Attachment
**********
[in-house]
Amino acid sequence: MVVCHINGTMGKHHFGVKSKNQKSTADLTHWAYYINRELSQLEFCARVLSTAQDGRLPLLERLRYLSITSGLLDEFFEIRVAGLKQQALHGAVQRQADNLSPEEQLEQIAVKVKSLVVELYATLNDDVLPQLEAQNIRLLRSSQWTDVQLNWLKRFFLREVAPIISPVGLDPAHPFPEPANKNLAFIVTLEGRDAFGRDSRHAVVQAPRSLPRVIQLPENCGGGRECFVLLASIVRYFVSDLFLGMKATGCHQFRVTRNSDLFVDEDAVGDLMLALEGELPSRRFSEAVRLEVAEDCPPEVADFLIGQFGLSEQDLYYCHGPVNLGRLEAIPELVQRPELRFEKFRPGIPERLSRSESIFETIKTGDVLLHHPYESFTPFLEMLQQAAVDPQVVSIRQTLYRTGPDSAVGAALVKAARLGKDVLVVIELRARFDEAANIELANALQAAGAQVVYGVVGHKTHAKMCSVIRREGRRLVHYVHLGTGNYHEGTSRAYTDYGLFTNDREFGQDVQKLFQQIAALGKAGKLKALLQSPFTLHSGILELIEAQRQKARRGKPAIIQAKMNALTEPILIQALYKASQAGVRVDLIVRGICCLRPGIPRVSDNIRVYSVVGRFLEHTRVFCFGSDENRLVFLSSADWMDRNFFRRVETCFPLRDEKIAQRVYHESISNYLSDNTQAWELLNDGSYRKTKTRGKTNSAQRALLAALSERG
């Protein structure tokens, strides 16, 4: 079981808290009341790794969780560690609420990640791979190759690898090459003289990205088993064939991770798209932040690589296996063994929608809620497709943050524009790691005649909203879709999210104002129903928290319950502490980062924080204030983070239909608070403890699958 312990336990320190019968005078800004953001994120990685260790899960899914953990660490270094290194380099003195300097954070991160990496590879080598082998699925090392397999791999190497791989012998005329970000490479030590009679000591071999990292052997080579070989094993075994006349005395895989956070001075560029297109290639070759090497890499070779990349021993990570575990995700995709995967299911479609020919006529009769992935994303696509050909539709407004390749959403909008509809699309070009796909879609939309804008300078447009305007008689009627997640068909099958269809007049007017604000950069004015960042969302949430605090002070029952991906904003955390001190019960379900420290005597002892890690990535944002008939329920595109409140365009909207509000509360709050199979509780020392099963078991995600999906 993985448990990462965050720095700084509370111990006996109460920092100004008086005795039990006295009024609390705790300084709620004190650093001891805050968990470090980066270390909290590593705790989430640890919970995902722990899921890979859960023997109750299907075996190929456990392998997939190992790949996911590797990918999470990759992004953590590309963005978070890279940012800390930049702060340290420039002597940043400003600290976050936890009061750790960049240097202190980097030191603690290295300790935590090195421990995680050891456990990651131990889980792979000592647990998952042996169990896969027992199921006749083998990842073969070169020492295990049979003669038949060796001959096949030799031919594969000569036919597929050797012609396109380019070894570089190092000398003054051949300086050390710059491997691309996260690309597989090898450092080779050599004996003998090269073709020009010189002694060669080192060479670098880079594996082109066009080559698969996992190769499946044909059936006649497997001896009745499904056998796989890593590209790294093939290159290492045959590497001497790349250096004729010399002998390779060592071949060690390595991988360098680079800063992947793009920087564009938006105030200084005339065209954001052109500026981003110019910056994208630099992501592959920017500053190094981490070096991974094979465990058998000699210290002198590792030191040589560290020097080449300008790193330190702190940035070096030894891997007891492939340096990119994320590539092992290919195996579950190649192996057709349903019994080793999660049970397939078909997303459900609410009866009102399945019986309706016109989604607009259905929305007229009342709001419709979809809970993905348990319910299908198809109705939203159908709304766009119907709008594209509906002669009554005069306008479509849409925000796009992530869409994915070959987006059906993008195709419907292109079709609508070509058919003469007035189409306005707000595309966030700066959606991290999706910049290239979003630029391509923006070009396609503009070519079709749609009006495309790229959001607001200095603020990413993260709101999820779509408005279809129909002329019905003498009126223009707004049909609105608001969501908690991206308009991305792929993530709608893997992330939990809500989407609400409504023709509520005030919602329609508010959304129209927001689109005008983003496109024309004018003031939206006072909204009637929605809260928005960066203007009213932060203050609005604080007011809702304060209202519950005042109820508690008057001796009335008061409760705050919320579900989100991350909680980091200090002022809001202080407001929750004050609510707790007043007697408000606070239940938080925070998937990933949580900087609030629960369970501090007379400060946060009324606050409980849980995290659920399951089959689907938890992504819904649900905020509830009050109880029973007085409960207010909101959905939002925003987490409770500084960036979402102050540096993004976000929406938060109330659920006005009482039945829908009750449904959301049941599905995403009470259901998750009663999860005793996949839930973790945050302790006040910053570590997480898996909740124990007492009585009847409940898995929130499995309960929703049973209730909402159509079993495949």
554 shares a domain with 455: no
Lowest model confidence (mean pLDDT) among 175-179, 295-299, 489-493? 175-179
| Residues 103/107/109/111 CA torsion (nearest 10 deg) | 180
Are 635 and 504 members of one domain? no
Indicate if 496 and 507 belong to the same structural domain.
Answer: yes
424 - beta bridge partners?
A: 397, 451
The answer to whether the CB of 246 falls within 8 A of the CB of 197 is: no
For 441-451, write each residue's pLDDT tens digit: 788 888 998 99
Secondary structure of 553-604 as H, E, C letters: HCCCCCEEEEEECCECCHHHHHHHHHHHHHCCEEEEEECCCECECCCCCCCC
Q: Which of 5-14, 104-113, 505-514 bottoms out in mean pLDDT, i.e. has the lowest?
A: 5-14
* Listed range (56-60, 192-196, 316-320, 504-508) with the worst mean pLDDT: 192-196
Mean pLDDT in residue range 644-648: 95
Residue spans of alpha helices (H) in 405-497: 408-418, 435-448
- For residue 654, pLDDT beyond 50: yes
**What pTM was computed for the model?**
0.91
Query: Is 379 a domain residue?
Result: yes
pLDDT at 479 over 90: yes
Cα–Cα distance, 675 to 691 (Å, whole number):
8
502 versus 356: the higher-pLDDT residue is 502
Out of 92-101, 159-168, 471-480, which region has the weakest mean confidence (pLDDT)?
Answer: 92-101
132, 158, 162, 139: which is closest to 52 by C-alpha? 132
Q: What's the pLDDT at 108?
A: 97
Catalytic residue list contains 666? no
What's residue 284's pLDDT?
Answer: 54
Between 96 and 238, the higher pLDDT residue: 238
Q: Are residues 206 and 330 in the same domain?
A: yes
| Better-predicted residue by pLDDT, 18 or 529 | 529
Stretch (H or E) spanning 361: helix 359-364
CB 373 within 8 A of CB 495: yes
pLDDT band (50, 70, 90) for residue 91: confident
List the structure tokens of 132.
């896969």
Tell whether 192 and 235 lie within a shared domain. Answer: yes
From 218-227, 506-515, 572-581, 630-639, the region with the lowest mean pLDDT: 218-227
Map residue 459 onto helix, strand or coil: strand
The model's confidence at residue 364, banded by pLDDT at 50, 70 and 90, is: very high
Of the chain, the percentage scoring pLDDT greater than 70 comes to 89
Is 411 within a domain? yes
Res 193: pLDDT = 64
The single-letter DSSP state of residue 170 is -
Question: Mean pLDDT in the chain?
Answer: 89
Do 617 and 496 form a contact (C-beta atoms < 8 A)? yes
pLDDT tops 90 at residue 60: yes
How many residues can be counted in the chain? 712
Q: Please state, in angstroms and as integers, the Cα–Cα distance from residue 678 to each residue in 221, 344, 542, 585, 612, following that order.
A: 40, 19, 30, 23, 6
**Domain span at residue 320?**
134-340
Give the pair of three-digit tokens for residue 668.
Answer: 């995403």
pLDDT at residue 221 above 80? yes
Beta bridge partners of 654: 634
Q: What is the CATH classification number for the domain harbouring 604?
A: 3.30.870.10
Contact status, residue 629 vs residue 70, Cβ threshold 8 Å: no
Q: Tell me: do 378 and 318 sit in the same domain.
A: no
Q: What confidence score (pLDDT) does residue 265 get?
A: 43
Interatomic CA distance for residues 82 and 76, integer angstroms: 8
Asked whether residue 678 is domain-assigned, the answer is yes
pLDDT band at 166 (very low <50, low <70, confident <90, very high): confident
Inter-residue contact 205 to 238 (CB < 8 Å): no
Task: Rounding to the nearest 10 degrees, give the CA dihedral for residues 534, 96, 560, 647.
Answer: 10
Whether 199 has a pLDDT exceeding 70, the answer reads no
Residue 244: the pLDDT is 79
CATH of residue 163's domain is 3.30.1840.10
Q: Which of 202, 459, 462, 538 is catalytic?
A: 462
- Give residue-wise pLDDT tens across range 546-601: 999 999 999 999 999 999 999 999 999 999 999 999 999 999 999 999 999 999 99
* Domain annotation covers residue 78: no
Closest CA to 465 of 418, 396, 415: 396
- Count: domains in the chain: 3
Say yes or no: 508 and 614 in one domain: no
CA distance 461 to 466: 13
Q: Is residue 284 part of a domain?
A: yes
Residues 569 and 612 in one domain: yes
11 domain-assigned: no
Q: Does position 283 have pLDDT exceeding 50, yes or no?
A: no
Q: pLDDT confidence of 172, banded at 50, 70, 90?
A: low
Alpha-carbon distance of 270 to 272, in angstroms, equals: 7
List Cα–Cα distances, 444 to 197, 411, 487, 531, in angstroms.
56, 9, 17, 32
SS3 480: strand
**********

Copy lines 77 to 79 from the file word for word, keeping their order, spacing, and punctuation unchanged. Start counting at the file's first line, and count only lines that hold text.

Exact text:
Inter-residue contact 205 to 238 (CB < 8 Å): no
Task: Rounding to the nearest 10 degrees, give the CA dihedral for residues 534, 96, 560, 647.
Answer: 10